Illusory superiority – overestimating one’s desirable qualities, and underestimating undesirable qualities, relative to other people.

In-group bias – the tendency for people to give preferential treatment to others they perceive to be members of their own groups.

Just-world phenomenon – the tendency for people to believe that the world is just and therefore people “get what they deserve.”

Moral luck – the tendency for people to ascribe greater or lesser moral standing based on the outcome of an event rather than the intention.

Normalcy bias – the refusal to plan for, or react to, a disaster which has never happened before.

Omission bias – the tendency to judge harmful actions as worse, or less moral, than equally harmful omissions

Ostrich effect – ignoring an obvious (negative) situation.

Outcome bias – the tendency to judge a decision by its eventual outcome instead of based on the quality of the decision at the time it was made.

Out-group homogeneity bias – individuals see members of their own group as being relatively more varied than members of other groups.

Overconfidence effect – excessive confidence in one’s own answers to questions.

Pareidolia – a vague and random stimulus (often an image or sound) is perceived as significant, e.g., seeing images of animals or faces in clouds, the man in the moon, and hearing hidden messages on records played in reverse.

Pessimism bias – the tendency for some people, especially those suffering from depression, to overestimate the likelihood of negative things happening to them.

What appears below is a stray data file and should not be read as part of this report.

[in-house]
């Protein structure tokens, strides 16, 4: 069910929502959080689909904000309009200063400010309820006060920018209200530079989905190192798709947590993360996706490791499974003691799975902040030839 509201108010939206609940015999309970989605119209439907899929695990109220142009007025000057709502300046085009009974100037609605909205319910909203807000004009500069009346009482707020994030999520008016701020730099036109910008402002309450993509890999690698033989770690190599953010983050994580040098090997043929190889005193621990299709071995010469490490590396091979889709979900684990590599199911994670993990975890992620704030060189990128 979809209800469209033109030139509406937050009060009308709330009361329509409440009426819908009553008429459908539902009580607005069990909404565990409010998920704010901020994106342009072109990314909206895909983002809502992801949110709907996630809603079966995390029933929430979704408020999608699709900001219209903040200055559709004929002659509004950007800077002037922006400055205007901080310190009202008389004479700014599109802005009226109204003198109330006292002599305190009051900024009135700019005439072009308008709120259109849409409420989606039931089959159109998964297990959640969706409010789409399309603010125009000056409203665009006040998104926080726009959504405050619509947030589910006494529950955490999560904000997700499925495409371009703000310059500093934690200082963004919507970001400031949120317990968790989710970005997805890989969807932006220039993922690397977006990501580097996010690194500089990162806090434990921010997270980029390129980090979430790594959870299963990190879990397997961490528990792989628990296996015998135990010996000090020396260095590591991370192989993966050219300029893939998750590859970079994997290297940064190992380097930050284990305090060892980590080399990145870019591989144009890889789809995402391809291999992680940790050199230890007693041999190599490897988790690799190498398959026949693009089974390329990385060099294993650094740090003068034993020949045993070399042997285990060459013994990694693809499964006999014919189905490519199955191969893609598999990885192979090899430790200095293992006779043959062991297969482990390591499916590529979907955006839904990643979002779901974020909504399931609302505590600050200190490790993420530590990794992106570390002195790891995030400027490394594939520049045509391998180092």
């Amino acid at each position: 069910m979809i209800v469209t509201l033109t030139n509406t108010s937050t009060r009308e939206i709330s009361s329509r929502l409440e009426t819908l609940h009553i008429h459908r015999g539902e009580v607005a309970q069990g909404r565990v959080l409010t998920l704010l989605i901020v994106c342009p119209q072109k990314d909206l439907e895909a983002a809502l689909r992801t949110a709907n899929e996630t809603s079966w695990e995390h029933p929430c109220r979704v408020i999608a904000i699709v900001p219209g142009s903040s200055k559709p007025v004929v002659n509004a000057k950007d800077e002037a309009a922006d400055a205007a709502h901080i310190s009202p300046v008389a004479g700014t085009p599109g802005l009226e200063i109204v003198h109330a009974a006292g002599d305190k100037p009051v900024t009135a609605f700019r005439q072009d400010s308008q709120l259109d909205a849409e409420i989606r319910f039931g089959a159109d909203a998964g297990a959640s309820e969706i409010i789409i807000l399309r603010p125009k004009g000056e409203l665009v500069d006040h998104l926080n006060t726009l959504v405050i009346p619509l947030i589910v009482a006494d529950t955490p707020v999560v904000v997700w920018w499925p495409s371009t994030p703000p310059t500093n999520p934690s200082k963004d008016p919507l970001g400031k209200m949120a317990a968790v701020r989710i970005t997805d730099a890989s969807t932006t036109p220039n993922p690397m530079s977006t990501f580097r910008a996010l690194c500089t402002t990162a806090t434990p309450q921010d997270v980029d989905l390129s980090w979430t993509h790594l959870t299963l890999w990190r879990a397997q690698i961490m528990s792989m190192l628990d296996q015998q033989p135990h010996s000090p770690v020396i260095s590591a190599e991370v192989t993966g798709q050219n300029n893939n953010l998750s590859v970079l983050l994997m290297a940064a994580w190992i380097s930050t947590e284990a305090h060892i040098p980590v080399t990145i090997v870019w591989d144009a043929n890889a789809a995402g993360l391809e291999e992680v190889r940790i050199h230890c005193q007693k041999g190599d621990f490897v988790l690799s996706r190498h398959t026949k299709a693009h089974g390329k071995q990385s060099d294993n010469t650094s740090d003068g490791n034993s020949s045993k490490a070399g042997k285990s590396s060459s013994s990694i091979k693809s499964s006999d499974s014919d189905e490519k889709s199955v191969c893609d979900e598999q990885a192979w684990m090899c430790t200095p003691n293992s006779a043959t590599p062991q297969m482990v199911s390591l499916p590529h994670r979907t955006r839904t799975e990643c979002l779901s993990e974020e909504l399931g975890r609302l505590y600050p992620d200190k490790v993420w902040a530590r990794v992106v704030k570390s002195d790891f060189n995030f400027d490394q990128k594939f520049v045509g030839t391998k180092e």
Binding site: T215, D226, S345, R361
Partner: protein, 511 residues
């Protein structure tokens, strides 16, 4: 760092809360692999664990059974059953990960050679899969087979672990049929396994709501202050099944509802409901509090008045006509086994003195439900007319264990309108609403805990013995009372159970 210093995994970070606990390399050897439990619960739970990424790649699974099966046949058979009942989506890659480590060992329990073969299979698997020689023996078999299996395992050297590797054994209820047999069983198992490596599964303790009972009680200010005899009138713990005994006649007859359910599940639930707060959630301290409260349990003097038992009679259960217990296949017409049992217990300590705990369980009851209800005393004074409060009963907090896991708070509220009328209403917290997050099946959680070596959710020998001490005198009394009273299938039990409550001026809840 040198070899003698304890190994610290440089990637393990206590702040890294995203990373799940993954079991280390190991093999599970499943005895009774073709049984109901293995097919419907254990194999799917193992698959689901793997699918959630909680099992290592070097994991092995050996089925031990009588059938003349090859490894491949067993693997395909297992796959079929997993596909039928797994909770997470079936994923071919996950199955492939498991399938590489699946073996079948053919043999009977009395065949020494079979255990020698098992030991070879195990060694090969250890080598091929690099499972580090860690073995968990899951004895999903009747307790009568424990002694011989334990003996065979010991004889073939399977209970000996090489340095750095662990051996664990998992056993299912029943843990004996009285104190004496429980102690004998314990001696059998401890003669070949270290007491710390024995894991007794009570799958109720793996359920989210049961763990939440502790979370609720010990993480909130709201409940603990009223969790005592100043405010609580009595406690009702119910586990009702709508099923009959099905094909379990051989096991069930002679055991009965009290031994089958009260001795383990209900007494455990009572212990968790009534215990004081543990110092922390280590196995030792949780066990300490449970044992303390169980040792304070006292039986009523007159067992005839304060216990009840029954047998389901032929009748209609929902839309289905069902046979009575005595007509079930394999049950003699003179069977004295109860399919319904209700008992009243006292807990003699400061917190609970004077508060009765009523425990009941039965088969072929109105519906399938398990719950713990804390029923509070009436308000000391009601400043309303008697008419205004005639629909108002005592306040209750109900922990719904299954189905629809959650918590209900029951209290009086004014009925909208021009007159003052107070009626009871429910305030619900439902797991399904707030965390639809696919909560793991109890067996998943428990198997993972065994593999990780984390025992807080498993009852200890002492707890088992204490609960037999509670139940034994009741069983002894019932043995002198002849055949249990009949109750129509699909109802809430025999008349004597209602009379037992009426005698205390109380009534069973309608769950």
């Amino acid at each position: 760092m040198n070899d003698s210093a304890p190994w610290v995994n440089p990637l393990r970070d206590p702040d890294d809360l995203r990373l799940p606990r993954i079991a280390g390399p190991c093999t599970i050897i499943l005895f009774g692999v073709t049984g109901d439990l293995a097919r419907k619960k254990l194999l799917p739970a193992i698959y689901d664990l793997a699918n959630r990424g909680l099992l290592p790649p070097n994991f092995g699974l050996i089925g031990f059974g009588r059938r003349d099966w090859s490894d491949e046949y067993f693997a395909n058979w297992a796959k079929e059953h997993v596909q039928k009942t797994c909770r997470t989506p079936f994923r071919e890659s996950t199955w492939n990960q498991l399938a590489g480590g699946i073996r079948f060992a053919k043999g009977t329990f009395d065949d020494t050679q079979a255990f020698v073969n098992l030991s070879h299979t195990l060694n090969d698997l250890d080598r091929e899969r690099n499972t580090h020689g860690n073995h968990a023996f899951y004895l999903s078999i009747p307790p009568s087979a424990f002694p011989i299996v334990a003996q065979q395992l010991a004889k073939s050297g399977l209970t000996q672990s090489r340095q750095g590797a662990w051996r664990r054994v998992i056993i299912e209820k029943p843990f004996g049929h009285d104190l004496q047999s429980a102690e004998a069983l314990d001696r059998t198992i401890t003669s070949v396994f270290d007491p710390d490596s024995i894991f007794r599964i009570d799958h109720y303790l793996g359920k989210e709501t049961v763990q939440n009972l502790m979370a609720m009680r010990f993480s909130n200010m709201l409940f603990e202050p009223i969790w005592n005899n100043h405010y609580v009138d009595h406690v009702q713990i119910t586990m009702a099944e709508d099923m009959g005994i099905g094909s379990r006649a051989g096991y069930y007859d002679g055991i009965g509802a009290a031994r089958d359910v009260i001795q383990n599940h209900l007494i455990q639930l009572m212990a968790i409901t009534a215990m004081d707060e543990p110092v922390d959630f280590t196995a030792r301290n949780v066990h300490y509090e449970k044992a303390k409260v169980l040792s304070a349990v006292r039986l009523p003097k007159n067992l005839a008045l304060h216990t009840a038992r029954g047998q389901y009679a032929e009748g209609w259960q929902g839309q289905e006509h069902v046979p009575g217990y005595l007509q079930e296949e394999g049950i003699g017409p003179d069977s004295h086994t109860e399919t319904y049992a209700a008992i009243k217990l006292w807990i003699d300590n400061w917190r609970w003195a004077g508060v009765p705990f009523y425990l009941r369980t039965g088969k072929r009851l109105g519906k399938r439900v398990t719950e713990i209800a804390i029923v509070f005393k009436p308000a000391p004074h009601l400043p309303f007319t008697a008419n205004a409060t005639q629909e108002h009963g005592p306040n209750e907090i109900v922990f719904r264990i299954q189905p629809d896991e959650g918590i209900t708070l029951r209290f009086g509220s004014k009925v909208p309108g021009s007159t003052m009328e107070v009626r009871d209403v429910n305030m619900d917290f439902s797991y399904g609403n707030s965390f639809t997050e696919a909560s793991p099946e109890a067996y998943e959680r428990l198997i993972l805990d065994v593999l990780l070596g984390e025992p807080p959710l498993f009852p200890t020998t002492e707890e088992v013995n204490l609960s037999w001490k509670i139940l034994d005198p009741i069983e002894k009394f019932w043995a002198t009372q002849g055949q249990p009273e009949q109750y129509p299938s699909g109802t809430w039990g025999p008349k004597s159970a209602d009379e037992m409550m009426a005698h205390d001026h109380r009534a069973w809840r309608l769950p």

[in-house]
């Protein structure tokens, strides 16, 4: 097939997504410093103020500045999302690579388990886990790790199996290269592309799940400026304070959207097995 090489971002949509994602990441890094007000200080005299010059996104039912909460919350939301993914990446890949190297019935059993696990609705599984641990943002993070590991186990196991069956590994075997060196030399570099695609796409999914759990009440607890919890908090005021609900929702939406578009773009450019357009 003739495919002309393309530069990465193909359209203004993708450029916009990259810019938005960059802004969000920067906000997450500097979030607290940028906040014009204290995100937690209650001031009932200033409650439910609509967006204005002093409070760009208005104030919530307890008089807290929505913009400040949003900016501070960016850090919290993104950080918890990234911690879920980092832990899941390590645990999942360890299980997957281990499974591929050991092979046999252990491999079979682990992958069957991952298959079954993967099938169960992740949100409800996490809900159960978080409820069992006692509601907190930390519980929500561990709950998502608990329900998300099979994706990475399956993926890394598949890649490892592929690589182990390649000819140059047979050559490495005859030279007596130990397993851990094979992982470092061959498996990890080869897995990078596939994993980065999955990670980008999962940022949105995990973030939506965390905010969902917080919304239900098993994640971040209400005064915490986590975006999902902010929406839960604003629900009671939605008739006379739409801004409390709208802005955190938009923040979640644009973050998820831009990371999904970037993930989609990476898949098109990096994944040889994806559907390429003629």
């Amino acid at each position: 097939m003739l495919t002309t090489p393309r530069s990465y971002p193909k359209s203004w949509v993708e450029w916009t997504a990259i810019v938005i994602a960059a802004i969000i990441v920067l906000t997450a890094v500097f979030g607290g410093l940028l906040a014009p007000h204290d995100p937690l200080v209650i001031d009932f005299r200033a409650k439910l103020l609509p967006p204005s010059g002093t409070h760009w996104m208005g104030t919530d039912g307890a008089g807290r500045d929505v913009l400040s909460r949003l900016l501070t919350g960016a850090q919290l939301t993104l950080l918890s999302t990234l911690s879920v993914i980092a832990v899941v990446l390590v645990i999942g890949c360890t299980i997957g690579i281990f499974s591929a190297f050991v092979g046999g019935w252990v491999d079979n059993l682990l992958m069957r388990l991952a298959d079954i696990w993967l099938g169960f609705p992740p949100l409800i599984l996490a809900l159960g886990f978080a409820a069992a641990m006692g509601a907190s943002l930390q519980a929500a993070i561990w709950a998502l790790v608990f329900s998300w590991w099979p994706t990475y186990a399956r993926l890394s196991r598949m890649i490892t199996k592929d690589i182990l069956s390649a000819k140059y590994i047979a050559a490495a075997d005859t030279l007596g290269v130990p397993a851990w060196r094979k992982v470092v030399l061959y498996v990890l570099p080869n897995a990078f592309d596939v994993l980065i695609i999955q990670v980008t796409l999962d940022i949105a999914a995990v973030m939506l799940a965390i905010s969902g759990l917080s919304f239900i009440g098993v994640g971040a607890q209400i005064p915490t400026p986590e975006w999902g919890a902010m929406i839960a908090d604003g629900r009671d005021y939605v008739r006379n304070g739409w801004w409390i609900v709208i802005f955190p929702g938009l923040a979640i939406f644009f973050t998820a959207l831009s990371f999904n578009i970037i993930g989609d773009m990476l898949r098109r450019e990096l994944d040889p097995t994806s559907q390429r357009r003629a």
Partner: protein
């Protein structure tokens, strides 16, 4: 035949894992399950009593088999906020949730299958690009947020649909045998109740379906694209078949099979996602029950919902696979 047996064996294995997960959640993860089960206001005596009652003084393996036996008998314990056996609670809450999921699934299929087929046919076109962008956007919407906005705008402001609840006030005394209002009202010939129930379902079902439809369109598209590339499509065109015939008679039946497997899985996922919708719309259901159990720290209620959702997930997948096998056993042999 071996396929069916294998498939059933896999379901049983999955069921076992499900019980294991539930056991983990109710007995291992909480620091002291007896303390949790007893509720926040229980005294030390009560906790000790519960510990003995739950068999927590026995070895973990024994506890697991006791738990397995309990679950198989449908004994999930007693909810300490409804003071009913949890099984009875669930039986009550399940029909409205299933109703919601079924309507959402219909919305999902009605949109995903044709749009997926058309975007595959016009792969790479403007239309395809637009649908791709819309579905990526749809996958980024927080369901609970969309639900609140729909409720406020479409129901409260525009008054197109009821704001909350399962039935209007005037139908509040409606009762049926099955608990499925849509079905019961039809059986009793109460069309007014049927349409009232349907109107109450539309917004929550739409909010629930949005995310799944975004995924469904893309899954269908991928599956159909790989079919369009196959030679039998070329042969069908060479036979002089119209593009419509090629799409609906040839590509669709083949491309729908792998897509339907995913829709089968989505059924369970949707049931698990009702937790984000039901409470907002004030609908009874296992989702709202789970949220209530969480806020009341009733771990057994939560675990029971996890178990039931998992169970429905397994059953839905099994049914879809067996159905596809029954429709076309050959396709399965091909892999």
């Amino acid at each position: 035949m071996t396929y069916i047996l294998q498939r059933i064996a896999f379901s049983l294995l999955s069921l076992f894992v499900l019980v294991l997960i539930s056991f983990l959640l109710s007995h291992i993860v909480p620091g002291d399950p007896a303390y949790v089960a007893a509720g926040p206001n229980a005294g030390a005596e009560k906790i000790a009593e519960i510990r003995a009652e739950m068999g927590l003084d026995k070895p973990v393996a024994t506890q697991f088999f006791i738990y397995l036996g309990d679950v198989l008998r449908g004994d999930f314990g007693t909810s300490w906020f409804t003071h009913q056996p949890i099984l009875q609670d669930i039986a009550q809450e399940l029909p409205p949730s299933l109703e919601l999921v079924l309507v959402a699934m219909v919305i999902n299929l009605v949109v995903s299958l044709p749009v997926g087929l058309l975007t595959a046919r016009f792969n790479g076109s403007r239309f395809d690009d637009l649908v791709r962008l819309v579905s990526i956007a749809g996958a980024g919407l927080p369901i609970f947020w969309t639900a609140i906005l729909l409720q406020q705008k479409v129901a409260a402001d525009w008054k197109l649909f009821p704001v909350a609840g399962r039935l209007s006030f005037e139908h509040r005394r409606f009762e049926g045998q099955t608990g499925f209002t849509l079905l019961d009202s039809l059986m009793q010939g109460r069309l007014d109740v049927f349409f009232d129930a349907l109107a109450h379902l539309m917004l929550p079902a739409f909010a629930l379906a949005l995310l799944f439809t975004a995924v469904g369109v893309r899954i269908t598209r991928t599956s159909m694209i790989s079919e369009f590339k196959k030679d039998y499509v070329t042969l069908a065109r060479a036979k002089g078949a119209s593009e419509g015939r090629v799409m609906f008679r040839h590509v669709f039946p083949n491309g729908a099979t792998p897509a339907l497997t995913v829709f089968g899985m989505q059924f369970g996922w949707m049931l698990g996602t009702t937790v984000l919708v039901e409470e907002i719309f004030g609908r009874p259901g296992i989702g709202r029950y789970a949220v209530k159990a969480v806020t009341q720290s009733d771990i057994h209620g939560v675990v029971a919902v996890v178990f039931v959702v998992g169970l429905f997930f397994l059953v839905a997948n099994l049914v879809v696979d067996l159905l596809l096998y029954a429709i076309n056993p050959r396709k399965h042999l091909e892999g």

Positive outcome bias – the tendency of one to overestimate the probability of a favourable outcome coming to pass in a given situation.

Primacy effect – the tendency to weigh initial events more than subsequent events.

Projection bias – the tendency to unconsciously assume that others (or one’s future selves) share one’s current emotional states, thoughts and values.

Recency effect – the tendency to weigh recent events more than earlier events.

Selective perception – the tendency for expectations to affect perception.

Self-serving bias – the tendency to claim more responsibility for successes than failures. It may also manifest itself as a tendency for people to evaluate ambiguous information in a way beneficial to their interests (see also group-serving bias).

Semmelweis reflex – the tendency to reject new evidence that contradicts an established paradigm.

Status quo bias – the tendency to like things to stay relatively the same

Subjective validation – perception that something is true if a subject’s belief demands it to be true. Also assigns perceived connections between coincidences.

System justification – the tendency to defend and bolster the status quo. Existing social, economic, and political arrangements tend to be preferred, and alternatives disparaged sometimes even at the expense of individual and collective self-interest.

Ultimate attribution error – similar to the fundamental attribution error, in this error a person is likely to make an internal attribution to an entire group instead of the individuals within the group.